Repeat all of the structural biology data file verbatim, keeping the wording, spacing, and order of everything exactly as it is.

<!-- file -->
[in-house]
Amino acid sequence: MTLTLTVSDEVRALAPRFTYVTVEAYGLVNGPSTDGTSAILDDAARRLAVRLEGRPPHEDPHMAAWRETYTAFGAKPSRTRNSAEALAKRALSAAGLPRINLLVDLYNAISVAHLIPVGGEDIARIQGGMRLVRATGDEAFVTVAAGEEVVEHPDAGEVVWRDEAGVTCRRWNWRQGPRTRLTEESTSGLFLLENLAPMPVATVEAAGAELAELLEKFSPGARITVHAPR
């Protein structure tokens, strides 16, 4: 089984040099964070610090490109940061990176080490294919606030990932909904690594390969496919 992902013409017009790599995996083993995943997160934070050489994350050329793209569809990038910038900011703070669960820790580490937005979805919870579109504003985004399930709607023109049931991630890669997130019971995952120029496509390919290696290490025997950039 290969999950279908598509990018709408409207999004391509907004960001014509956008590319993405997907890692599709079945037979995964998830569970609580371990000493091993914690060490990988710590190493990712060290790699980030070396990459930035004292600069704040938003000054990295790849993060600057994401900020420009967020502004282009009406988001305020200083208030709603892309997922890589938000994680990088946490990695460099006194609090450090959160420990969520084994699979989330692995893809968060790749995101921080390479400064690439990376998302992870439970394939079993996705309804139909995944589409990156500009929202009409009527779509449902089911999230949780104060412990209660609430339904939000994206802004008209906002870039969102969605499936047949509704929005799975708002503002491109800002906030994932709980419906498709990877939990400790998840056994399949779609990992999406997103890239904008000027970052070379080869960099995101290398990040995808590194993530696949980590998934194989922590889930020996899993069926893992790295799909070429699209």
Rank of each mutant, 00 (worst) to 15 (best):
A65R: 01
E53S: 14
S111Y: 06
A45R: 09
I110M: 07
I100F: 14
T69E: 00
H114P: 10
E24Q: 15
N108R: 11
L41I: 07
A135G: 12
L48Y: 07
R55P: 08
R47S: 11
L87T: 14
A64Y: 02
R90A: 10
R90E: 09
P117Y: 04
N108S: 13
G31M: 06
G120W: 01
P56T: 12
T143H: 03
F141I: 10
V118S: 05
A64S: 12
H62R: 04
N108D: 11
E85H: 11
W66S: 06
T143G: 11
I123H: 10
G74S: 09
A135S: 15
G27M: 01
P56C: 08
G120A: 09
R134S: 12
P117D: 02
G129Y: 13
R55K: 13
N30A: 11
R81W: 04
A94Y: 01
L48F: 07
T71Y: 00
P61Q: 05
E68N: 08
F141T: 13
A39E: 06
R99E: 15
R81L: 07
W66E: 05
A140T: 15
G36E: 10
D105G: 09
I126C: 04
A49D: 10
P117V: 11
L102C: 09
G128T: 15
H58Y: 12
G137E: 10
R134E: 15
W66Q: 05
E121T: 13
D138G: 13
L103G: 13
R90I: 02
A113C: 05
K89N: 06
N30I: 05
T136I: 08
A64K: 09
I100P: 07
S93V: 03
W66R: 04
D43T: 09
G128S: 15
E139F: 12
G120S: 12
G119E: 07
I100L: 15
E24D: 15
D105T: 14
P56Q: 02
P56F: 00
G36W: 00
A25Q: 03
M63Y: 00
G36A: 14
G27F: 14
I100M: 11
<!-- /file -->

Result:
[in-house]
Amino acid sequence: MTLTLTVSDEVRALAPRFTYVTVEAYGLVNGPSTDGTSAILDDAARRLAVRLEGRPPHEDPHMAAWRETYTAFGAKPSRTRNSAEALAKRALSAAGLPRINLLVDLYNAISVAHLIPVGGEDIARIQGGMRLVRATGDEAFVTVAAGEEVVEHPDAGEVVWRDEAGVTCRRWNWRQGPRTRLTEESTSGLFLLENLAPMPVATVEAAGAELAELLEKFSPGARITVHAPR
């Protein structure tokens, strides 16, 4: 089984040099964070610090490109940061990176080490294919606030990932909904690594390969496919 992902013409017009790599995996083993995943997160934070050489994350050329793209569809990038910038900011703070669960820790580490937005979805919870579109504003985004399930709607023109049931991630890669997130019971995952120029496509390919290696290490025997950039 290969999950279908598509990018709408409207999004391509907004960001014509956008590319993405997907890692599709079945037979995964998830569970609580371990000493091993914690060490990988710590190493990712060290790699980030070396990459930035004292600069704040938003000054990295790849993060600057994401900020420009967020502004282009009406988001305020200083208030709603892309997922890589938000994680990088946490990695460099006194609090450090959160420990969520084994699979989330692995893809968060790749995101921080390479400064690439990376998302992870439970394939079993996705309804139909995944589409990156500009929202009409009527779509449902089911999230949780104060412990209660609430339904939000994206802004008209906002870039969102969605499936047949509704929005799975708002503002491109800002906030994932709980419906498709990877939990400790998840056994399949779609990992999406997103890239904008000027970052070379080869960099995101290398990040995808590194993530696949980590998934194989922590889930020996899993069926893992790295799909070429699209």
Rank of each mutant, 00 (worst) to 15 (best):
A65R: 01
E53S: 14
S111Y: 06
A45R: 09
I110M: 07
I100F: 14
T69E: 00
H114P: 10
E24Q: 15
N108R: 11
L41I: 07
A135G: 12
L48Y: 07
R55P: 08
R47S: 11
L87T: 14
A64Y: 02
R90A: 10
R90E: 09
P117Y: 04
N108S: 13
G31M: 06
G120W: 01
P56T: 12
T143H: 03
F141I: 10
V118S: 05
A64S: 12
H62R: 04
N108D: 11
E85H: 11
W66S: 06
T143G: 11
I123H: 10
G74S: 09
A135S: 15
G27M: 01
P56C: 08
G120A: 09
R134S: 12
P117D: 02
G129Y: 13
R55K: 13
N30A: 11
R81W: 04
A94Y: 01
L48F: 07
T71Y: 00
P61Q: 05
E68N: 08
F141T: 13
A39E: 06
R99E: 15
R81L: 07
W66E: 05
A140T: 15
G36E: 10
D105G: 09
I126C: 04
A49D: 10
P117V: 11
L102C: 09
G128T: 15
H58Y: 12
G137E: 10
R134E: 15
W66Q: 05
E121T: 13
D138G: 13
L103G: 13
R90I: 02
A113C: 05
K89N: 06
N30I: 05
T136I: 08
A64K: 09
I100P: 07
S93V: 03
W66R: 04
D43T: 09
G128S: 15
E139F: 12
G120S: 12
G119E: 07
I100L: 15
E24D: 15
D105T: 14
P56Q: 02
P56F: 00
G36W: 00
A25Q: 03
M63Y: 00
G36A: 14
G27F: 14
I100M: 11